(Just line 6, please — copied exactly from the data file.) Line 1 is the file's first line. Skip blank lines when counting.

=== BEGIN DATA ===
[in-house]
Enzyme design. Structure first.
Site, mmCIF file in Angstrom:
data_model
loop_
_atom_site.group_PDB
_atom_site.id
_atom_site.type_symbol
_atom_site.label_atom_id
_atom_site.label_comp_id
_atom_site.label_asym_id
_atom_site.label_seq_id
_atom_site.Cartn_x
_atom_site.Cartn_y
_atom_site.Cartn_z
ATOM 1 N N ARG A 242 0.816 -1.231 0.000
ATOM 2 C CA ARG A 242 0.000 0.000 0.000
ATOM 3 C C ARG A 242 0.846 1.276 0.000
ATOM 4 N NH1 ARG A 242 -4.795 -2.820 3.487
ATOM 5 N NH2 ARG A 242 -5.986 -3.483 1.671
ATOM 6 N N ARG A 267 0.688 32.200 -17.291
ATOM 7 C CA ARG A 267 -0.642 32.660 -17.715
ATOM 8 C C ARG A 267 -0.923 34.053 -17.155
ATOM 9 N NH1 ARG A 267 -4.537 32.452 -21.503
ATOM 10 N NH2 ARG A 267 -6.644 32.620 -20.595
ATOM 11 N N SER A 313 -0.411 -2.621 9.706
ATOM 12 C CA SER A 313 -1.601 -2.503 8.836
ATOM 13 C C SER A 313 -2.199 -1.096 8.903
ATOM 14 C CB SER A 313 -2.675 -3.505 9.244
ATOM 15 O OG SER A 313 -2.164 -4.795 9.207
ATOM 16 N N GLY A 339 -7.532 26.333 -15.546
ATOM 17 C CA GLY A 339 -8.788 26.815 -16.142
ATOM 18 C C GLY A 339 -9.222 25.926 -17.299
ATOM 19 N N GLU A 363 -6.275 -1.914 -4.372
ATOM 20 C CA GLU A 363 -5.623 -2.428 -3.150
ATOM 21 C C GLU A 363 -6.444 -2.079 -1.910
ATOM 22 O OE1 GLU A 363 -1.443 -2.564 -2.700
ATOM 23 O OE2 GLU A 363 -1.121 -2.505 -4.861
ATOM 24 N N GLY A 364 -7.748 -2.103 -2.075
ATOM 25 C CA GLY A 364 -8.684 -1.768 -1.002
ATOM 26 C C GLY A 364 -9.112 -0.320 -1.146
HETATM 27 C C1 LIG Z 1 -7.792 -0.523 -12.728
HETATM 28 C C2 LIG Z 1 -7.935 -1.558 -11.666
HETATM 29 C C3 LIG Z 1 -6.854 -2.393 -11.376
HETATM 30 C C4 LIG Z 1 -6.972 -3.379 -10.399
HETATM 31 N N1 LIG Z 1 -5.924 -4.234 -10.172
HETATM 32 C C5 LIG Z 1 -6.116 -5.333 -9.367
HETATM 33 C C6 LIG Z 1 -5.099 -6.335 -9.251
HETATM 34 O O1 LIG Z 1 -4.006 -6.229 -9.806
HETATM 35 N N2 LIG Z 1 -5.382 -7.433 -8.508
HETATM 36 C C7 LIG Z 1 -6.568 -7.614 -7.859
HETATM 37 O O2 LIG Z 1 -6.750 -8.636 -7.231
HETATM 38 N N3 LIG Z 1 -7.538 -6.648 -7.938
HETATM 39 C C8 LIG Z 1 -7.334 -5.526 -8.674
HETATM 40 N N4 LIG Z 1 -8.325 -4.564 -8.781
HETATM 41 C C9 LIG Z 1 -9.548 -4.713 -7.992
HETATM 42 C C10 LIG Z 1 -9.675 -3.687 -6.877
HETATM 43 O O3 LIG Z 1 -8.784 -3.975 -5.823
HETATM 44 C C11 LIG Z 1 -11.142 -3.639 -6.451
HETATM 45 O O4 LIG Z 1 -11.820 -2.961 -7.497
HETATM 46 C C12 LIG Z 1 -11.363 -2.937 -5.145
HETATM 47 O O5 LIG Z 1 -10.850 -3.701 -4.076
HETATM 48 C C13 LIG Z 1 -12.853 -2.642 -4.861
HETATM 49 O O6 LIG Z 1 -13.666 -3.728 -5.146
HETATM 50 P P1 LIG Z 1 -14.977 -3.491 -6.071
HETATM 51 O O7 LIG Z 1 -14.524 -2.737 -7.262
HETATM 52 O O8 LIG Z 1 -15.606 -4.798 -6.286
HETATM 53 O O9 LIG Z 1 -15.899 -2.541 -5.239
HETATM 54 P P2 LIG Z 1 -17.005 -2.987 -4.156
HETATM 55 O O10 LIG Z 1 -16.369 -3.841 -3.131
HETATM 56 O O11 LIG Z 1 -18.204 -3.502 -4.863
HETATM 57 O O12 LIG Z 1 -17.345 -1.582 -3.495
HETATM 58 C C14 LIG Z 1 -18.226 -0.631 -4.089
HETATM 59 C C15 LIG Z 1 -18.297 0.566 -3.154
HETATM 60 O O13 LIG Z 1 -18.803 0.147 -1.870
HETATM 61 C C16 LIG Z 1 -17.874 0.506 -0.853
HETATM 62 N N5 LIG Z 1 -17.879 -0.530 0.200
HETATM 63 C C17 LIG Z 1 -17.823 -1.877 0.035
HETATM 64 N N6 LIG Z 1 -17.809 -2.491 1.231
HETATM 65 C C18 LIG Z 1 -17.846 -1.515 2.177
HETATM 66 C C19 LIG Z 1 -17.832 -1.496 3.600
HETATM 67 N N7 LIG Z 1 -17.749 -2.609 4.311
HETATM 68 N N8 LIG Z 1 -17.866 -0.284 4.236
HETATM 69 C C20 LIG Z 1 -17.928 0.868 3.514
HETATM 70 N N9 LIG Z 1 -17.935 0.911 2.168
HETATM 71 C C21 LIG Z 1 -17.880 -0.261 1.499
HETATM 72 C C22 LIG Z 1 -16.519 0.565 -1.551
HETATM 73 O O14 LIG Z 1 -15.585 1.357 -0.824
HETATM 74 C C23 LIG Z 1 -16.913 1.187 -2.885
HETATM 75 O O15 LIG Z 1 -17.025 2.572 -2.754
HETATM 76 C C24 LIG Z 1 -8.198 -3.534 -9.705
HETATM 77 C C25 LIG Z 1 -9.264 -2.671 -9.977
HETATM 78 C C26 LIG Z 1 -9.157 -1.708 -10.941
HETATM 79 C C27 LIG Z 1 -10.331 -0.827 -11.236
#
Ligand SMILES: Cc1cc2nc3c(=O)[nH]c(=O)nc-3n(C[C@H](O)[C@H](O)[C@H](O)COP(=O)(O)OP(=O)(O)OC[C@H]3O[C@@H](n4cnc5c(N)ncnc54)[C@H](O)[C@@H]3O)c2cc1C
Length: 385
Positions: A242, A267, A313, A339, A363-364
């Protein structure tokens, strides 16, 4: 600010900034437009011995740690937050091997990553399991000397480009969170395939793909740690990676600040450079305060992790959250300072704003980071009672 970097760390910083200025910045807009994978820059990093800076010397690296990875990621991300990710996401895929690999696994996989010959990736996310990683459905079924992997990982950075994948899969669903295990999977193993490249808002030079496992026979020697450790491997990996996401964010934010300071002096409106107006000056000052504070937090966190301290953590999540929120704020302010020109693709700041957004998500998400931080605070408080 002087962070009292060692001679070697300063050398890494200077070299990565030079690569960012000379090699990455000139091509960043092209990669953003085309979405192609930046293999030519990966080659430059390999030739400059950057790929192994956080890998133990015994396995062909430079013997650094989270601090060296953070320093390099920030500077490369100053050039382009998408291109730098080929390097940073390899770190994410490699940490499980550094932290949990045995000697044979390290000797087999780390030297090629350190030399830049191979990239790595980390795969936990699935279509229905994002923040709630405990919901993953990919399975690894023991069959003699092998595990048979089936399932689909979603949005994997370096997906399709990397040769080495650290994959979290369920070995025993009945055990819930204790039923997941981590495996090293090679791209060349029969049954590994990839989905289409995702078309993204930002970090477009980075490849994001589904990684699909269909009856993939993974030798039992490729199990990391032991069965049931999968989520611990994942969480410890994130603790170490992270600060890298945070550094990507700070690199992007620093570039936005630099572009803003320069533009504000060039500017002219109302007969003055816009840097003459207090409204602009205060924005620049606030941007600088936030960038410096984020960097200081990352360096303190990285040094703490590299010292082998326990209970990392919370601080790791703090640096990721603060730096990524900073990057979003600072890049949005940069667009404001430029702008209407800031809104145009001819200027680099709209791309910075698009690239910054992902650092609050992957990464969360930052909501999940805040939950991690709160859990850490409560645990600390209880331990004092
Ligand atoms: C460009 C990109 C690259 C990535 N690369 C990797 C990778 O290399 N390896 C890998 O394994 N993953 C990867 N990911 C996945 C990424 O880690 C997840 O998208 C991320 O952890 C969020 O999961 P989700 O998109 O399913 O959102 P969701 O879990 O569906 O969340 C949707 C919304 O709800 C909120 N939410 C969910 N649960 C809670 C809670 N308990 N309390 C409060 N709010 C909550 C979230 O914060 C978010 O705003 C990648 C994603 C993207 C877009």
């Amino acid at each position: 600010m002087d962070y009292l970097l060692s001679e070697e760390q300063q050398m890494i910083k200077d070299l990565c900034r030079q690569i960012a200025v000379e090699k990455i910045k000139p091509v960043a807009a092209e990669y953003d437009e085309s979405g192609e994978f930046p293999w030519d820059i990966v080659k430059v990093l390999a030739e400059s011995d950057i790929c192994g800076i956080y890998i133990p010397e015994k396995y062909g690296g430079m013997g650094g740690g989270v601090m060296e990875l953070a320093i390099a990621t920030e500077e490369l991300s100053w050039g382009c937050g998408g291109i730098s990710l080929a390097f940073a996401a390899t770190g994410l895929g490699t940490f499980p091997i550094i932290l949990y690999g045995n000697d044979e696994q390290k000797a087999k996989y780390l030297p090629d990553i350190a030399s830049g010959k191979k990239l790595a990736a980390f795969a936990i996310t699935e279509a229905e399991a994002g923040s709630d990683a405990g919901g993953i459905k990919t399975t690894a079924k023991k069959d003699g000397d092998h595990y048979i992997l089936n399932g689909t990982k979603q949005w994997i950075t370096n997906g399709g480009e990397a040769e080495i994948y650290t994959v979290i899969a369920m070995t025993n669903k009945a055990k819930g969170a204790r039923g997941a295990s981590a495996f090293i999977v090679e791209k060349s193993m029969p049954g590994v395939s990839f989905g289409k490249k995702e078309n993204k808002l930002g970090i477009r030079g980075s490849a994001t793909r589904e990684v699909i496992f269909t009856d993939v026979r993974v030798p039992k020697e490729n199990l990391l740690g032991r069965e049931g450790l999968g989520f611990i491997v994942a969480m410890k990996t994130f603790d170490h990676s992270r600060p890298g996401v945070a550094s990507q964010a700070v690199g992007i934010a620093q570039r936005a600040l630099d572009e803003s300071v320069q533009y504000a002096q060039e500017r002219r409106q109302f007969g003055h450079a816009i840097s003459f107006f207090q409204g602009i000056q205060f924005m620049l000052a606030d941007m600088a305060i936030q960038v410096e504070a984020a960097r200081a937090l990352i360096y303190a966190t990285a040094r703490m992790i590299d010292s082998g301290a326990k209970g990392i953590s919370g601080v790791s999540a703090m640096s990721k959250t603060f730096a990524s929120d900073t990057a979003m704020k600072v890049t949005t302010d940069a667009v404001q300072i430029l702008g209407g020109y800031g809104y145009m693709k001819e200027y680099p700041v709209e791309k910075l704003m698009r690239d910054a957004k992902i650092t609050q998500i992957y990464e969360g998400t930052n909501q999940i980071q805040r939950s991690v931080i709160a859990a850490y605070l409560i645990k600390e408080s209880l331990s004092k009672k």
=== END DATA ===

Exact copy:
_atom_site.group_PDB